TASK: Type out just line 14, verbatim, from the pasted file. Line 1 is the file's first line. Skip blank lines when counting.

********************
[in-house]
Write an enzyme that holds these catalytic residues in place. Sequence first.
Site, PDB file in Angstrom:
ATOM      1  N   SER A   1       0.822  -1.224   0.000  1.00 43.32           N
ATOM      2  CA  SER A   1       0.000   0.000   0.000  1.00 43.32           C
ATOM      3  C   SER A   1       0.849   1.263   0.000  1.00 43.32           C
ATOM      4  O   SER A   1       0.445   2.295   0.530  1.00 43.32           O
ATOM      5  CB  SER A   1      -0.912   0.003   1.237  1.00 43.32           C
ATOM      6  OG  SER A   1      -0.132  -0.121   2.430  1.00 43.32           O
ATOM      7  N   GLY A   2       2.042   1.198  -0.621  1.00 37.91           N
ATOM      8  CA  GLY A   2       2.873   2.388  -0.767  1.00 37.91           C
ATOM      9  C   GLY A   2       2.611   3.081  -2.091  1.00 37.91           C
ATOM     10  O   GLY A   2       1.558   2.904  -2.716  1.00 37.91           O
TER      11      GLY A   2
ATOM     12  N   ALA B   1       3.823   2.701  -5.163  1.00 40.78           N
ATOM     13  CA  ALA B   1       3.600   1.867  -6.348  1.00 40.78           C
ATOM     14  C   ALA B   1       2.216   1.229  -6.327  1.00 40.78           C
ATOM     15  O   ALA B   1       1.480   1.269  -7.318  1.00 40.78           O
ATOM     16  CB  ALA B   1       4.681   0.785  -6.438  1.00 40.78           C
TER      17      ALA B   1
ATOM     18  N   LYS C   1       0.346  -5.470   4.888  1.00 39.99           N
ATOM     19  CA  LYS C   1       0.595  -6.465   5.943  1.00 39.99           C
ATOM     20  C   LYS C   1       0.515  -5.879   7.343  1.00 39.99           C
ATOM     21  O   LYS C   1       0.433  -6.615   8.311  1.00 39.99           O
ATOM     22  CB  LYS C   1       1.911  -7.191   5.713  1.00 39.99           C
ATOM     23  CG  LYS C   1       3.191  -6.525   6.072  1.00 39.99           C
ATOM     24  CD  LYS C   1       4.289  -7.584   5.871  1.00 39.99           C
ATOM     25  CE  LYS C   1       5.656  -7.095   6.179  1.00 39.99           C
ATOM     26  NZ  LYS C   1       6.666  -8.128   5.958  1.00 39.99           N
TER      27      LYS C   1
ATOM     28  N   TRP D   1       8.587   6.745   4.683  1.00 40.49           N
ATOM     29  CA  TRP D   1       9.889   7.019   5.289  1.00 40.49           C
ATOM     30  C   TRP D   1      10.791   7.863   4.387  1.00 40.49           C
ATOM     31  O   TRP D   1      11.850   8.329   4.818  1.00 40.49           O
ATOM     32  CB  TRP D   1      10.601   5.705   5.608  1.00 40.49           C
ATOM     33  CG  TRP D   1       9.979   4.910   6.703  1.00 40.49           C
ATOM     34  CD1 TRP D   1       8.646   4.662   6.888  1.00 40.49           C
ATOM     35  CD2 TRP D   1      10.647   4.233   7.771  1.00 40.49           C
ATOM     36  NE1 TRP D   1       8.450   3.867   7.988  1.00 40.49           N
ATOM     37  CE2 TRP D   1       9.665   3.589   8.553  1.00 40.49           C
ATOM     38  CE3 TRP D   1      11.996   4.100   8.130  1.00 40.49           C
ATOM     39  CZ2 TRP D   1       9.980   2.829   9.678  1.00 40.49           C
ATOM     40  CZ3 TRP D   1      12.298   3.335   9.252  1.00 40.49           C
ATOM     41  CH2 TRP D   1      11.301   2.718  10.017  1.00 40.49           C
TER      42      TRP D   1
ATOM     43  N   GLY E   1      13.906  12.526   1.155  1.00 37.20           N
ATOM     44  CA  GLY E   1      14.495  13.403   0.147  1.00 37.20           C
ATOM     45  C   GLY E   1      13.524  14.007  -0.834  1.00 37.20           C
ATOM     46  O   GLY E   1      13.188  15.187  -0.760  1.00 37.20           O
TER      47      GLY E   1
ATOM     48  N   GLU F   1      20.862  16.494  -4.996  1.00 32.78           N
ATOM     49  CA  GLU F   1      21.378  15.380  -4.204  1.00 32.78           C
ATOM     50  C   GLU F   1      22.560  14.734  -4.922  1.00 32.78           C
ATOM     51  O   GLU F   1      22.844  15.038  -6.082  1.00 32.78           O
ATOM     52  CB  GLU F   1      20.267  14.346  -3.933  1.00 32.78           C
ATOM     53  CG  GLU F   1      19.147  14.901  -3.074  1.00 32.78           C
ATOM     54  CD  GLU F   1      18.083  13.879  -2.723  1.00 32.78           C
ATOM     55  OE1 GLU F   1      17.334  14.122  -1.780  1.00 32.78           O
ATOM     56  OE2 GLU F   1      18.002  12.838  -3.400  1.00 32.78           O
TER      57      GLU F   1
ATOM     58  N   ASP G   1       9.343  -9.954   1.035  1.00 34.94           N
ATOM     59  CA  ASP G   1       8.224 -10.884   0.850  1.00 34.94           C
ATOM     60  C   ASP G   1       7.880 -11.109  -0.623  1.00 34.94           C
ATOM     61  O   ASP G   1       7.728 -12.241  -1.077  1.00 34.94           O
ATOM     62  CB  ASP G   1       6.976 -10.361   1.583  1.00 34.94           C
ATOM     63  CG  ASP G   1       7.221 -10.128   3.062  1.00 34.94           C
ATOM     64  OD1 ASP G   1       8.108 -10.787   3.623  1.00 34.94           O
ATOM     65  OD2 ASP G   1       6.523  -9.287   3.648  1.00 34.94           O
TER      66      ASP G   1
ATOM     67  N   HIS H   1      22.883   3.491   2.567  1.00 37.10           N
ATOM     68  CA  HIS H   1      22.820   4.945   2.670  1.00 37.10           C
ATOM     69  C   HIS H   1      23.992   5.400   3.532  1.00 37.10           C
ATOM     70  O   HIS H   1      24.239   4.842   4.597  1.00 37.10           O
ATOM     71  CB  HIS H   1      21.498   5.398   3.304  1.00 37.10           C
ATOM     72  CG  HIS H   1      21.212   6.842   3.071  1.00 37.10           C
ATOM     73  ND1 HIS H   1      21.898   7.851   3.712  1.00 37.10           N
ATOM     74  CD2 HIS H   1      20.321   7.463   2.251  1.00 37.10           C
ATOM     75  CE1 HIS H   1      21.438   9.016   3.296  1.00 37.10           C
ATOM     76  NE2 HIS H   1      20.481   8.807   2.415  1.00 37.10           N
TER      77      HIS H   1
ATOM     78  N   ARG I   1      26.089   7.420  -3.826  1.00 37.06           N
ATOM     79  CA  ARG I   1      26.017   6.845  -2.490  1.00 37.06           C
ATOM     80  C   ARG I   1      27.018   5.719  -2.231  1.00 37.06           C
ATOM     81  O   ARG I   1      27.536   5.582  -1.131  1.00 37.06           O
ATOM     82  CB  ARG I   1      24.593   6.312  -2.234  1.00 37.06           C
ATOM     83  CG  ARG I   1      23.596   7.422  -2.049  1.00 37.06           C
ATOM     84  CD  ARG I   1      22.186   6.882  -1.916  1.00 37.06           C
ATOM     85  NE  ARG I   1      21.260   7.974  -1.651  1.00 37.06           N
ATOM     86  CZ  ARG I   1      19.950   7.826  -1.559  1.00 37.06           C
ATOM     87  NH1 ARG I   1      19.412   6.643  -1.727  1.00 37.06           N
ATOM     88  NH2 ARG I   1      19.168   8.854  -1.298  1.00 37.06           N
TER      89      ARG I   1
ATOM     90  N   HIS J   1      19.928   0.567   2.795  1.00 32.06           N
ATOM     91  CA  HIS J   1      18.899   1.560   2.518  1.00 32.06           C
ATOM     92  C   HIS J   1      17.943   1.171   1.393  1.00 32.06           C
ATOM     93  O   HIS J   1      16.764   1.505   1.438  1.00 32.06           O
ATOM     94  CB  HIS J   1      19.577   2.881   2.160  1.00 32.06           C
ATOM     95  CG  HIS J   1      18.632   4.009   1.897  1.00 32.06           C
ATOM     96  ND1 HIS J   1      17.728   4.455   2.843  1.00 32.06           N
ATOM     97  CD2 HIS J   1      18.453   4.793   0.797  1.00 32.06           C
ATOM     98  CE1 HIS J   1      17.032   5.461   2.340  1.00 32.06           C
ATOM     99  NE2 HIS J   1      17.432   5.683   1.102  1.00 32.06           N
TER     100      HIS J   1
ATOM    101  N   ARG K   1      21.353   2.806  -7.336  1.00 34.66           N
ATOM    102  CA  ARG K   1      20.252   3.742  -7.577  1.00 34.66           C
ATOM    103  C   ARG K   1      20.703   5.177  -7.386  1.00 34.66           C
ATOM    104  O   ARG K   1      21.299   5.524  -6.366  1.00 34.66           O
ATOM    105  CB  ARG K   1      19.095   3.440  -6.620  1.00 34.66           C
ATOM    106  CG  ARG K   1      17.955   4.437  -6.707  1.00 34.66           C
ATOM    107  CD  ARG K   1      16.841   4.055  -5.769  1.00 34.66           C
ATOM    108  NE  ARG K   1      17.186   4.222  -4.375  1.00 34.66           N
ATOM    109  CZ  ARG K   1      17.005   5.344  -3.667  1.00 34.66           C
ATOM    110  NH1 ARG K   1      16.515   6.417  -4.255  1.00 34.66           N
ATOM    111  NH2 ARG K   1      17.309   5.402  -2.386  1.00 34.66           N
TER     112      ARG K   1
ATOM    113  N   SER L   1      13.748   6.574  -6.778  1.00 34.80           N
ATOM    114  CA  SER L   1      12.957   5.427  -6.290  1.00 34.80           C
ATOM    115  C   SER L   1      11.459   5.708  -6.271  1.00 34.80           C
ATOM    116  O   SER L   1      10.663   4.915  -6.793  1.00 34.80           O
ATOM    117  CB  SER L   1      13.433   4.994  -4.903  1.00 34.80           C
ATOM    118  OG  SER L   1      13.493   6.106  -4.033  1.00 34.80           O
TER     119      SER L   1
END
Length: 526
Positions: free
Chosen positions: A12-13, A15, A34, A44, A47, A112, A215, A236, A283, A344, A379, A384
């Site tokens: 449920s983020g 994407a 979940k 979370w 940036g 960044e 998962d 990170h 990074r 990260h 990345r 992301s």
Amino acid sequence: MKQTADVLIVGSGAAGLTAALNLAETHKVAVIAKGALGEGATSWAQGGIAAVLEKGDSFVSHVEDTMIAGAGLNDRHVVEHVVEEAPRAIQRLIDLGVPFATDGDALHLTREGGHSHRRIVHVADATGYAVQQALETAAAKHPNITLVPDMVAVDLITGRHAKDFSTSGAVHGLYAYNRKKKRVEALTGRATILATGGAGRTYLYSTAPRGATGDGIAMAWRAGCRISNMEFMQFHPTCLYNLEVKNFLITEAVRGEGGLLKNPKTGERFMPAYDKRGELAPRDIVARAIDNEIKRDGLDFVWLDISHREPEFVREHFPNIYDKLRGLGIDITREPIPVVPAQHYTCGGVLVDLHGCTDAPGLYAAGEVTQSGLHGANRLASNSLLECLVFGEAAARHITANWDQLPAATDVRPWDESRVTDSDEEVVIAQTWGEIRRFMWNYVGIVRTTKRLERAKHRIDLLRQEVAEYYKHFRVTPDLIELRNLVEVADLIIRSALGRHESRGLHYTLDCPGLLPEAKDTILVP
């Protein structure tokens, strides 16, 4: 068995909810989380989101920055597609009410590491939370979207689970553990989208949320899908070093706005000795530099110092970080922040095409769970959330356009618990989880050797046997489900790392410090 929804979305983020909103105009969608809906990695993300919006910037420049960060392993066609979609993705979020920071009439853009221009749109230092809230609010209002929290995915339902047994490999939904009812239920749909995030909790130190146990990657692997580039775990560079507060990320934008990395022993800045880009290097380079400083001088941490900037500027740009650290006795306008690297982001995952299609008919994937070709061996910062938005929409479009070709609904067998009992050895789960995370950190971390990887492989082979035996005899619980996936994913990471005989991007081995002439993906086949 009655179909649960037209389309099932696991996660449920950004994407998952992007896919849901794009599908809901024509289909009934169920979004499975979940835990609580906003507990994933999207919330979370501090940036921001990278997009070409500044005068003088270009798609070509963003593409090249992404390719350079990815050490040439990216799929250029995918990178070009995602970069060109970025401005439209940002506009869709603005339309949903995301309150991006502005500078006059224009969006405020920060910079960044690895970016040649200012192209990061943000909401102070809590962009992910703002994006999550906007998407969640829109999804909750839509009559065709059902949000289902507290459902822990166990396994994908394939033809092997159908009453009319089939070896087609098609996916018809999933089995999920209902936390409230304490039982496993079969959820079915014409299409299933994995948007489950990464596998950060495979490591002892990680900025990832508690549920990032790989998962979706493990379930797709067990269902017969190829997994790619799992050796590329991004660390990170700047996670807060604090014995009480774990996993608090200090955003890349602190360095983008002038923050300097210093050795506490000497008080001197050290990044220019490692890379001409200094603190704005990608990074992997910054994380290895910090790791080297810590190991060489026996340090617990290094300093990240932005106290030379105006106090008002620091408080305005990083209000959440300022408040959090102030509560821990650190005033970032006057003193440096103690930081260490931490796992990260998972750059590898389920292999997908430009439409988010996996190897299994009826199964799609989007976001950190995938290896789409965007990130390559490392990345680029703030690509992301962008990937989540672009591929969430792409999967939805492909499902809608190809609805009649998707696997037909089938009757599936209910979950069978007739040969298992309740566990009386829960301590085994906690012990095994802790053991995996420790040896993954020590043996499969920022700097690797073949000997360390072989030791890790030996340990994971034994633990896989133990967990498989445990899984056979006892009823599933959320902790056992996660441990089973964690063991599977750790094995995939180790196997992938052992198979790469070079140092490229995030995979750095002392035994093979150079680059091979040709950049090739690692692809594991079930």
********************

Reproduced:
TER      11      GLY A   2